UC Davis welcomes the dawn of modern science: 1950 brings a new department, Genetics, and in 1958 the Botany Department acquires campus’ first electron microscope.

  • 1959: UC Davis begins to offer doctoral degrees in zoology.
  • 1958: Esau acquires the Botany Department’s first electron microscope; researchers pioneer work in that emerging field. Department of Biochemistry and Biophysics (now Molecular and Cellular Biology) forms. The word “agricultural” is quietly dropped from the title when a founding faculty member tells a painter to leave it off the name on the new department office’s door in Hoagland Hall.
  • 1953: Katherine Esau publishes a renowned plant anatomy textbook that is still taught today.
  • 1950: The botany department resides in an old garage near Putah Creek. Student microscopes are illuminated by light bulbs covered by asparagus cans. G. Ledyard Stebbins founds the Department of Genetics (now Molecular and Cellular Biology). A leading expert on plant evolution, Stebbins builds a world-renowned evolutionary biology research program at UC Davis. 


World War II brings academic pursuits to a halt as campus closes to become an Army training site. When college life resumes after 1945, so many students arrive on the GI Bill that residents must bunk in the gym.

  • 1947: Edgar Painter offers the first biochemistry courses; will become its own department in 1958.
  • 1946: Department of Bacteriology forms (now Microbiology).
  • 1943: The entire Davis campus is converted into an Army training facility for the duration of World War II. Faculty not in military service or otherwise needed at Davis are transferred to Berkeley or UCLA.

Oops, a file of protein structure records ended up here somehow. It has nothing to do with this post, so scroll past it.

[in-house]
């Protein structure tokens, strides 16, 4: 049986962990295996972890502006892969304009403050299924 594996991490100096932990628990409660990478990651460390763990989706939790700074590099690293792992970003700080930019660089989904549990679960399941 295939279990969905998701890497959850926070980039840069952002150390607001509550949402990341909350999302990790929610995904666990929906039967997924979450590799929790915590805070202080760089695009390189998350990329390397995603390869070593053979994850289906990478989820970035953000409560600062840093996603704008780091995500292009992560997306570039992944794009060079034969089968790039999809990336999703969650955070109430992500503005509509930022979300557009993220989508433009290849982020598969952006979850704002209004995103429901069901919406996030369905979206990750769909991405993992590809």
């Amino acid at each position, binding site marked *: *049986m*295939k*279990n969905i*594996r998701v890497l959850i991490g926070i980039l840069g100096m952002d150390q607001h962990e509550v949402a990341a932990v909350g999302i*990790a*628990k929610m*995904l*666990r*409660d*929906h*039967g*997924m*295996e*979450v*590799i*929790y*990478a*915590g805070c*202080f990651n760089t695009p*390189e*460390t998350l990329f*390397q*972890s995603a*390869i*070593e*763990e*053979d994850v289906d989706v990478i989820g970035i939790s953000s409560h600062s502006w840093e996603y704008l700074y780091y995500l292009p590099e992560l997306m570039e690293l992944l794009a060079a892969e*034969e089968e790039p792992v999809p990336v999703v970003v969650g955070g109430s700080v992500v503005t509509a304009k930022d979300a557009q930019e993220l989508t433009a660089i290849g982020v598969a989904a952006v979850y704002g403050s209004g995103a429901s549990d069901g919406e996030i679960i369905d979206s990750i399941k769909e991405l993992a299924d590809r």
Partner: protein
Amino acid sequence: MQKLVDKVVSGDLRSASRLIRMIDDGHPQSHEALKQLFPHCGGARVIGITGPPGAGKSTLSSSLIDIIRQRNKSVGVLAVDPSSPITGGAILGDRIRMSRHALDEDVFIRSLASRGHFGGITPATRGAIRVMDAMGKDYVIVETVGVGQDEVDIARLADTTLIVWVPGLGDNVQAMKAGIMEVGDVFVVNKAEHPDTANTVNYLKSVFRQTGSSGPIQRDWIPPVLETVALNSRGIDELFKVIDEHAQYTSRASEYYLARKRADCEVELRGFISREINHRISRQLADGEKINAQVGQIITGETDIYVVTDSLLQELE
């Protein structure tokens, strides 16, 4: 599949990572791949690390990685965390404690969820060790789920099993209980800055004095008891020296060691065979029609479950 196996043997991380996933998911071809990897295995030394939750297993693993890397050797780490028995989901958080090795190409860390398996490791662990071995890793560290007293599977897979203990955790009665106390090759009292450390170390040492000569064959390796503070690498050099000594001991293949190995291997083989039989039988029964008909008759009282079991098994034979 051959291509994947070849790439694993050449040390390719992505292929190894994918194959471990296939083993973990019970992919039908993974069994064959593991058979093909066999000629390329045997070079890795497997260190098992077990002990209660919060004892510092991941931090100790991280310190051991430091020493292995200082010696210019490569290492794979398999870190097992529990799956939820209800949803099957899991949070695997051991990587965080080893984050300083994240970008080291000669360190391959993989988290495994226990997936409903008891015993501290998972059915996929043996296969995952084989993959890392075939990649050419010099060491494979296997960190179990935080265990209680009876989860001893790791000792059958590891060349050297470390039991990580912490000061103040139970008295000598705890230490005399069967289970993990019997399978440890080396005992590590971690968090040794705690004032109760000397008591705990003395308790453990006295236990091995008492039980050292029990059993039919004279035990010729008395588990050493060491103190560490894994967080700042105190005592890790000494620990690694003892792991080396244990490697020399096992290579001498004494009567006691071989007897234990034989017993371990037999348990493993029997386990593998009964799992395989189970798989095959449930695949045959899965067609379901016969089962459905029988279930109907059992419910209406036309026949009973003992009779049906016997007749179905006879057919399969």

• 1942: Botany faculty publish the first-ever college textbook on weed control, based on research conducted here.
  • 1940: Graduate instruction in microbiology begins. Katherine Esau wins a Guggenheim fellowship to study the anatomy and physiology of vascular plants.


The first botany faculty arrive, including sugar-beet expert Katherine Esau. Research and teaching grow throughout the decade as the university continues to develop an identity distinct from UC Berkeley.

  • 1939: With the advent of a home economics program in the 1930s, the female student population at Davis rises to 168.
  • 1938: Crafts wins a Guggenheim fellowship to study the functioning of sieve tubes of plants.
  • 1934: The 17 female students on campus organize the Cal Aggie Women’s Association.
  • 1931: Botanist Katherine Esau joins the faculty; her research focuses on plant viruses damaging California crops. Botanist Alden S. Crafts is hired to conduct research on strategies for agricultural weed control.
  • 1930: Donald M. Reynolds assists in discovery of streptomycin.


Still officially a part of UC Berkeley, the Davis campus begins offering four-year degrees. Its name changes from the University Farm to the Northern Branch of the College of Agriculture.

  • 1928: The school’s only zoologist, Tracy Storer, opens a museum with animal specimens and publishes influential papers on rodent control to prevent bubonic plague outbreaks.
  • 1924: The Department of Botany is established (now Plant Biology), with courses mandatory for plant science majors.
  • 1923: Tracy Storer teaches the first zoology courses, required for animal husbandry majors. Between 21-47 students take his class each year from 1923-1928.
  • 1922: First course in Bacteriology taught (now Microbiology). Department of Zoology forms (now Evolution & Ecology). Tracy Storer offered first course in general zoology. Courtland Mudge joins the faculty as the campus’ first bacteriologist.